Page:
White Clover – a lawn alternative with pros and cons

March 2, 2011 at 3:08 pm 1 comment

Are you dreading the spring thaw because it means you will have to fight with that ugly lawn again this year? Let me ask you a few questions: Do you like to save money? What about time? Is water efficiency important to you?

If you answered yes to one or more of these questions, you may want to consider over seeding with White Clover. Commonly mistaken as a weed, White Clover has more cultural qualities than any blade of grass.

Before the days of pesticides and manicured lawns and white picket fences, clover was considered a horticultural standard in healthy and aesthetic lawn care. Now, as less and less of us want to or are even able to use pesticides, Clover has been making a slow comeback to our residential yards.

Let us discuss the benefits of White Clover:

  • Drought Tolerant

o   Once establish clover will grow well with no extra watering

  • Stays green all season long

o   In times of drought and water bans, clover will stay green while grass will go dormant or die

  • Needs little to no cutting

o   Clover spreads wide and will grow anywhere from 2 to 8 inches high.

o   Weekly cutting is not necessary to promote health

o   Cutting at 2 inches will promote reseeding and new growth

o   Possibly may want to cut during flowering (see* concerns)

  • Softer sponge like feeling under bare feet

o   The dense mat like format of clover is thick and soft

  • Weed resistant

o   Clover is a strong competitor to most weeds

o   The root structure is dense

  • Immune to dog urine

o   Clover will not discolour from dog pee

  • No need to fertilize

o   Not only is it a self fertilizer, it can fertilize other plants near by

  • Aromatic

o   Sweet scent

  • Grows in almost any soil condition

o   Clover can be established in most soil but like all plants, the better the conditions, the stronger the plant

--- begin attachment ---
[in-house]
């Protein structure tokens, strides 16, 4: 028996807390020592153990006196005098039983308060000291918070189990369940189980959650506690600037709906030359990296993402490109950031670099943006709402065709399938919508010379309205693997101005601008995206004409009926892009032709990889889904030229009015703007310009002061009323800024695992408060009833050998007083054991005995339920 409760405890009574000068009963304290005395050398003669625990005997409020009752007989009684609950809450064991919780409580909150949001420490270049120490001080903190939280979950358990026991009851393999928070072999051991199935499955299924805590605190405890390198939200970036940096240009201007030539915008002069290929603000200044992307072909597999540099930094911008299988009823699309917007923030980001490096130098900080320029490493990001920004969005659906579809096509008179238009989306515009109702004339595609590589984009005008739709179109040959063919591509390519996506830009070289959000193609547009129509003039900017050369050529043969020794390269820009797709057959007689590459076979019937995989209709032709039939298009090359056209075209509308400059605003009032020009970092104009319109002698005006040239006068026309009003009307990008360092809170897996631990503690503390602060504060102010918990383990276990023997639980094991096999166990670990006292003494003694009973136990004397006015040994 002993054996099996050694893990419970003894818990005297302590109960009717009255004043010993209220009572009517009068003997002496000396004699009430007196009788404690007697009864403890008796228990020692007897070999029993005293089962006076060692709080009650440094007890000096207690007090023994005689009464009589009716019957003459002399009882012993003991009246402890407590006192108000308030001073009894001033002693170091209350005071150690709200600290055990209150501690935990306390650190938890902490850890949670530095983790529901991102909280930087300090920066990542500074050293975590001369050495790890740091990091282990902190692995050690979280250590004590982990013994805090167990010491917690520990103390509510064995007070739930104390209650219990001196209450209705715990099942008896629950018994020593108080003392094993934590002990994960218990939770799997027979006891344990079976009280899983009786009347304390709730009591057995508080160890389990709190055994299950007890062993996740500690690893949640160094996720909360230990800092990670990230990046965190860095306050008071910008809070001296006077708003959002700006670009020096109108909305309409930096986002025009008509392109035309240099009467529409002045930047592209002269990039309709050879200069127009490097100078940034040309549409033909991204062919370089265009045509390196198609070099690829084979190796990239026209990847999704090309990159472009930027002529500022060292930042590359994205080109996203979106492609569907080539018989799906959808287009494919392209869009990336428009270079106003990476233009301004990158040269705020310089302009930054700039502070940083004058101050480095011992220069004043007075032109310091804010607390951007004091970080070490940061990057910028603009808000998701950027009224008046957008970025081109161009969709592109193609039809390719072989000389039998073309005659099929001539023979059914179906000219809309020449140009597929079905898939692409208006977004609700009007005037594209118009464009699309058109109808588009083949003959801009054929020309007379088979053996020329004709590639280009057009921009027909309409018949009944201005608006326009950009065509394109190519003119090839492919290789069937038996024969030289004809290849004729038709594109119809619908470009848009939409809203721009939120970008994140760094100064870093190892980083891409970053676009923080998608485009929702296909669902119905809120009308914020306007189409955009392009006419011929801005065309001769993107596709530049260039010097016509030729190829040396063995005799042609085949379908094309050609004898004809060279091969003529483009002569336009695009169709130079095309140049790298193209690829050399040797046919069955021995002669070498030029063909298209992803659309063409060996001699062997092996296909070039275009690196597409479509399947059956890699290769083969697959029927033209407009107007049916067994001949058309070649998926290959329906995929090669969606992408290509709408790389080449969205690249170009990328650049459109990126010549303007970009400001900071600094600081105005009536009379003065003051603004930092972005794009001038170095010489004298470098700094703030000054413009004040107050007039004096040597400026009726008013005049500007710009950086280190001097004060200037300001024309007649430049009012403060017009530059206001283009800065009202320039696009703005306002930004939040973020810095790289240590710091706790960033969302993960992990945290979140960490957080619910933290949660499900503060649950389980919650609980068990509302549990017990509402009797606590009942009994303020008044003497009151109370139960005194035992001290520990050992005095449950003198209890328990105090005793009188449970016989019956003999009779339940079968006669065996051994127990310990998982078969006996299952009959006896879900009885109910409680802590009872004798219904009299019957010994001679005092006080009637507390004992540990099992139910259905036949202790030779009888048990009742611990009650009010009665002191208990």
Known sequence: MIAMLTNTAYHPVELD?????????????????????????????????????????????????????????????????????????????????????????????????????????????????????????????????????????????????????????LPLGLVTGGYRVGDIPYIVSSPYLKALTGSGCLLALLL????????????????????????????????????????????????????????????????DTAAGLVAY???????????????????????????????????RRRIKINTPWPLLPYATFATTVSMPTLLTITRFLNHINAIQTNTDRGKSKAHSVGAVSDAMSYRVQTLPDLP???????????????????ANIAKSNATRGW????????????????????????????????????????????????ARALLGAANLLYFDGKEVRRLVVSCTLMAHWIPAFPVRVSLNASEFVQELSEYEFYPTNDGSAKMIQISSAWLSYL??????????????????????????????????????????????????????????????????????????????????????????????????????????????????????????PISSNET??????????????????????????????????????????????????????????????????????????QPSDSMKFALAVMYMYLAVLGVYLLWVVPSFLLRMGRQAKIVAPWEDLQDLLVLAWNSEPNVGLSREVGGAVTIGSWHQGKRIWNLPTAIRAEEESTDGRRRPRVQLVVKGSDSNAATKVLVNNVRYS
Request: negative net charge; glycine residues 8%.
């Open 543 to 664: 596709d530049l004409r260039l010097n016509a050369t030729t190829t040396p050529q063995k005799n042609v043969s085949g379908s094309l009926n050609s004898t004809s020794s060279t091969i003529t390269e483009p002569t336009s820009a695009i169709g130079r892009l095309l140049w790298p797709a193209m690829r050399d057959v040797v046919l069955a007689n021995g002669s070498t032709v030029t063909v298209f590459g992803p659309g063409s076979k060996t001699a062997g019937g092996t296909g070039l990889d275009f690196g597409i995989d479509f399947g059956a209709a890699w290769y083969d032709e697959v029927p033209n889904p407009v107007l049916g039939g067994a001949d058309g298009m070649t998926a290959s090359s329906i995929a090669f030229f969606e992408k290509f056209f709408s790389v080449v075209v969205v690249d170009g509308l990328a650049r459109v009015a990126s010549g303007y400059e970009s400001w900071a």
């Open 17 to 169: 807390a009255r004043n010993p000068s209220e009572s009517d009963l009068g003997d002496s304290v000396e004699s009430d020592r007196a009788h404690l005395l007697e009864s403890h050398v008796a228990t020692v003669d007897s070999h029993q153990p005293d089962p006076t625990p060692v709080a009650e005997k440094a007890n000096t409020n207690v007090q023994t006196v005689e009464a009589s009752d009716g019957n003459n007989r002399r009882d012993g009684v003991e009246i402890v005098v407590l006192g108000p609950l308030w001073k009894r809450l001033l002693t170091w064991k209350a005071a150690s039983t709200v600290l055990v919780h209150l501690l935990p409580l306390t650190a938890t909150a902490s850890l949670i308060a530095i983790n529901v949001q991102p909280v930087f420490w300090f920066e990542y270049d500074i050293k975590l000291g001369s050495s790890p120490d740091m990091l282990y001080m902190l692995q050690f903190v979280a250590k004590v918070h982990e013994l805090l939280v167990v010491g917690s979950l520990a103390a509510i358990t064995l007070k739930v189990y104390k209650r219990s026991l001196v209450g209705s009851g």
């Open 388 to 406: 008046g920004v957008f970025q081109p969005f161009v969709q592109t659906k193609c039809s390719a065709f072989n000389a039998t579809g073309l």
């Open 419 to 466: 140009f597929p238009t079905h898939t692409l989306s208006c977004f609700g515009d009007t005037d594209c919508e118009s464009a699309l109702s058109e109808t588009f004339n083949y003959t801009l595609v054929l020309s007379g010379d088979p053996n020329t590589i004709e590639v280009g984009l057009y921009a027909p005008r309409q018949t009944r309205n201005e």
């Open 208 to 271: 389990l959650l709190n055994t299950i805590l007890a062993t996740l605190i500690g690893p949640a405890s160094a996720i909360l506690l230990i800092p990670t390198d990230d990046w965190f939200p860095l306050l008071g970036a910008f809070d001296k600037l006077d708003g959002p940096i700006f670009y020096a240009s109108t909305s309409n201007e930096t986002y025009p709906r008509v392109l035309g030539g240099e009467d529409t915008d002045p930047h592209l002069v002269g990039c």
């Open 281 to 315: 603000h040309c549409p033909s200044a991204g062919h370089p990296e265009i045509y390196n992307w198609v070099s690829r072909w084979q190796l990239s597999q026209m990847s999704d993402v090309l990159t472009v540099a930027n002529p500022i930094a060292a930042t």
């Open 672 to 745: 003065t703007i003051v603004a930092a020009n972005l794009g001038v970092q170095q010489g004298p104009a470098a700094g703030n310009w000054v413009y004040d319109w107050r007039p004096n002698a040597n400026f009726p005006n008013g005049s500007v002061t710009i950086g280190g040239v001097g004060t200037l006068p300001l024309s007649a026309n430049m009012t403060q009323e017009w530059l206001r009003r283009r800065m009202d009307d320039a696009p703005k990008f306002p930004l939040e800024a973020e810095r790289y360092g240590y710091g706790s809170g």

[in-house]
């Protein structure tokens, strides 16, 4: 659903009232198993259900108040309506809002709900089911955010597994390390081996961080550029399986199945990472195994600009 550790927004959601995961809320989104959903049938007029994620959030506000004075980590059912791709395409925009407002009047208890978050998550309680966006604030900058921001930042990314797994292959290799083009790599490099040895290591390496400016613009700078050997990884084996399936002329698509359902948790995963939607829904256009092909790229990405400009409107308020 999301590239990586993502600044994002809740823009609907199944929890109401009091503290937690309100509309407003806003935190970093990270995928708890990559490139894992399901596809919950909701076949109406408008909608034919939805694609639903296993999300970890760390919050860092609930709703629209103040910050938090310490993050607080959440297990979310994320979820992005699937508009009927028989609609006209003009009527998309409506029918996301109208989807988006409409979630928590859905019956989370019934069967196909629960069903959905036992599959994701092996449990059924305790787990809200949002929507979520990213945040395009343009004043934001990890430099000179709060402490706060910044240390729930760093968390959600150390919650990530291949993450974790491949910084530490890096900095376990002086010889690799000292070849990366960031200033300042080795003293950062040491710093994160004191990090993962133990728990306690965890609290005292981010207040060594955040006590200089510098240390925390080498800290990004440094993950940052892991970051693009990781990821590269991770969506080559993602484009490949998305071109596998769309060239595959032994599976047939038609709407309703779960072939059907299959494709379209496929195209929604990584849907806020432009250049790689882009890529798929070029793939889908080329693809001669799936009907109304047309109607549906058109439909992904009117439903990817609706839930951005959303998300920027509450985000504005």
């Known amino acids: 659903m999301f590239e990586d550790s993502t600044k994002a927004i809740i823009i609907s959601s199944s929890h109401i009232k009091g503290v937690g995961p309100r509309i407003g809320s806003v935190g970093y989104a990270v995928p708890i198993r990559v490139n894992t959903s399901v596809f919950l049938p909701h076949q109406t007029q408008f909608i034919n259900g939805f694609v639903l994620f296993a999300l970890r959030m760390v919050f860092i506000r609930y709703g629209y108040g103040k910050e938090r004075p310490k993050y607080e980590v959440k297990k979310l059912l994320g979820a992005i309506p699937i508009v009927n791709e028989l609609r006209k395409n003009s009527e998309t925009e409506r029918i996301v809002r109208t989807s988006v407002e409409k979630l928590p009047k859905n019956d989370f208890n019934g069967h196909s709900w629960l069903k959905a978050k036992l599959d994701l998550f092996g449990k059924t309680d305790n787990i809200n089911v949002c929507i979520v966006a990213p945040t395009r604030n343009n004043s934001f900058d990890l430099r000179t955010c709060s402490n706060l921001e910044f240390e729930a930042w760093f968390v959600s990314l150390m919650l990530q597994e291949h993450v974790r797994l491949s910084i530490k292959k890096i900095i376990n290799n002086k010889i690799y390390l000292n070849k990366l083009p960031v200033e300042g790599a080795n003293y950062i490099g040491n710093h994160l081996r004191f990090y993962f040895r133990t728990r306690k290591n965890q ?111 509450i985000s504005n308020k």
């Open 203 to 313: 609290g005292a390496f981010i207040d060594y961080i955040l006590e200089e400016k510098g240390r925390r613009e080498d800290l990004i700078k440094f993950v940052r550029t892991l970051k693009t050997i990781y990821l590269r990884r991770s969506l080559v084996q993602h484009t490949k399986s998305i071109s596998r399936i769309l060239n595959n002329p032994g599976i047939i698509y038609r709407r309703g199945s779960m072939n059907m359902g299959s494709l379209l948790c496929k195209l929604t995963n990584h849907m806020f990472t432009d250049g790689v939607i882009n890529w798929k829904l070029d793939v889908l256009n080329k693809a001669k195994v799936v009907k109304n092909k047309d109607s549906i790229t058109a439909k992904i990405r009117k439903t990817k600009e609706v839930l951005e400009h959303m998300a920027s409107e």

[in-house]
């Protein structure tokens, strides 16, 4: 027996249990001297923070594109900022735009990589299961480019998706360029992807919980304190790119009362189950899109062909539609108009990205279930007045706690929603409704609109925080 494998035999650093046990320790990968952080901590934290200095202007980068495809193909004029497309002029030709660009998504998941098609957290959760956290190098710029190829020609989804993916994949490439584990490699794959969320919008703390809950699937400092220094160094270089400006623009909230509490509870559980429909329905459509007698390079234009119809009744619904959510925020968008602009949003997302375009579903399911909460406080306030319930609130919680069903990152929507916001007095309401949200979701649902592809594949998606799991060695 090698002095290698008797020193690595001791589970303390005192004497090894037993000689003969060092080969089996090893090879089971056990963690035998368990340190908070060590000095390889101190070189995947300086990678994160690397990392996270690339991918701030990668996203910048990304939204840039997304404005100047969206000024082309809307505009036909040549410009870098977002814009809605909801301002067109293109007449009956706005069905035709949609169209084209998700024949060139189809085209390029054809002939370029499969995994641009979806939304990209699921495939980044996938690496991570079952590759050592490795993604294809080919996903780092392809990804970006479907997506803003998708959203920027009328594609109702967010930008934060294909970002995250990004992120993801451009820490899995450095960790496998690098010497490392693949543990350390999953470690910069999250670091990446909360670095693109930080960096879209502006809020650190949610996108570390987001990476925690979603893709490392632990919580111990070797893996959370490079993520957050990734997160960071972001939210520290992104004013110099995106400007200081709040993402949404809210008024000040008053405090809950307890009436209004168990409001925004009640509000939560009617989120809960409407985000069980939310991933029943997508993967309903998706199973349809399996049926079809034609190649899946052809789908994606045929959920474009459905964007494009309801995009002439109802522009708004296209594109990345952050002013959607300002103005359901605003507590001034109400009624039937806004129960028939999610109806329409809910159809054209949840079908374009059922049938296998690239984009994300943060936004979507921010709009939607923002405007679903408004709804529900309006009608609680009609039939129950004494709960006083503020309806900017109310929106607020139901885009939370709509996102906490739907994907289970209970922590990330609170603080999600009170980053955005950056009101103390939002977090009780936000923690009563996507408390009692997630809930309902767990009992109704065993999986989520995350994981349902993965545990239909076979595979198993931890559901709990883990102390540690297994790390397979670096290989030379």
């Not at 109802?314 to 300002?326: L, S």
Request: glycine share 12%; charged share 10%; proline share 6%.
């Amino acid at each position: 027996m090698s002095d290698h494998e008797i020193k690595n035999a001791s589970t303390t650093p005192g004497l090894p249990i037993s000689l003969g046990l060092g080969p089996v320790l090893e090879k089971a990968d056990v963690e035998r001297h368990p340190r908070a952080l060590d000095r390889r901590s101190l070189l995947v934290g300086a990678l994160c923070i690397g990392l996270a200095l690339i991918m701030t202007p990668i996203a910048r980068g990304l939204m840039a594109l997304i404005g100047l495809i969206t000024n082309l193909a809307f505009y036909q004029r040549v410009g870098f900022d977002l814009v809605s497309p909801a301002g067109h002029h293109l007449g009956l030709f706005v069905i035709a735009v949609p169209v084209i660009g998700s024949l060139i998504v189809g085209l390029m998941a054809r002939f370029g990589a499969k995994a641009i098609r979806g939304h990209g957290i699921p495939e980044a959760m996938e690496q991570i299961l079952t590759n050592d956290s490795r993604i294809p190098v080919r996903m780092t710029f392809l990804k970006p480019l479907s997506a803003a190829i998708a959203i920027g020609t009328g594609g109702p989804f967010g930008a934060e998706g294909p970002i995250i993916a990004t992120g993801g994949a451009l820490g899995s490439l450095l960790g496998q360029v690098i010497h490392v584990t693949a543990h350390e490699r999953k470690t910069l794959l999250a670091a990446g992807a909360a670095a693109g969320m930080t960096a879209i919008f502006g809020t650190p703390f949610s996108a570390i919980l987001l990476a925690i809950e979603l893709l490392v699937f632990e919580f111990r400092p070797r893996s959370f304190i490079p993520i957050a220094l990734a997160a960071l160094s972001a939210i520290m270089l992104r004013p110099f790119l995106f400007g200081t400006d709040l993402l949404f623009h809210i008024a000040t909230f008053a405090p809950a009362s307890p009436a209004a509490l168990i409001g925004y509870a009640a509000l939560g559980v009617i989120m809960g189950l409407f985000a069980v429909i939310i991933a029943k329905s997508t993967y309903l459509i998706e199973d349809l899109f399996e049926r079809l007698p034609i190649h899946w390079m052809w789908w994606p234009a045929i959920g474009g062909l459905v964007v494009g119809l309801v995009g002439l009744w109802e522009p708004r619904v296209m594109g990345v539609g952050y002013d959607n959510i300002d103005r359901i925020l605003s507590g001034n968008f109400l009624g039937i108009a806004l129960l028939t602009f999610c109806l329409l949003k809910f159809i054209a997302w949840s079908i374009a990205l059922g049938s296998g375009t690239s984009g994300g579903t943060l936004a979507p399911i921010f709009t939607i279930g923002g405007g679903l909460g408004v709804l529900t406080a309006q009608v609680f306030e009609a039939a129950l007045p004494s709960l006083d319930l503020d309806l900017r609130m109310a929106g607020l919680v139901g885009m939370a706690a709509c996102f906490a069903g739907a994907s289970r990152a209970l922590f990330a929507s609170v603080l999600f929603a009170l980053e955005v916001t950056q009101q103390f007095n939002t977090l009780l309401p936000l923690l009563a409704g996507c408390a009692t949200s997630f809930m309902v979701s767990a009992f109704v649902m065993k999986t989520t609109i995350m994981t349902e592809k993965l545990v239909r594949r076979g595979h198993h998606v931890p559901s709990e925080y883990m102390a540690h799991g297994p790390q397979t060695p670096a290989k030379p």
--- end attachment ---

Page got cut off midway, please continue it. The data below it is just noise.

• Inexpensive

o   It is less expensive to seed with Clover than most grass seeds

o   Cheaper than lawn rolls

  • Works with other growing mediums

o   Clover is a great plant to introduce into an existing struggling lawn

Concerns about White Clover

  • Allergies

o   Don’t plant if you or any one in your family are allergic

  • Flowering and Bees

o   Bees are an essential part of our ecosystem and should be encouraged more

o   Consider creating a clover patch bordering or in gardens to promote bee pollination

o   Regular cutting and removal of flower heads will keep the bees away

  • Clover may stain your clothes  more than grass does

o   Do not use in an area where this may be a concern

  • It may require more over seeding than grass over time

o   Clover is considered a “short term” perennial, but if kept mixed with regular lawn, it will most likely take care of itself

o   As recommended for grass lawns, re-seed with clover every few years to promote strength and health

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Entry filed under: Drought Tolerant, Ground cover, Lawns/Grass. Tags: , , , , , , , , , , , , , , , , , .

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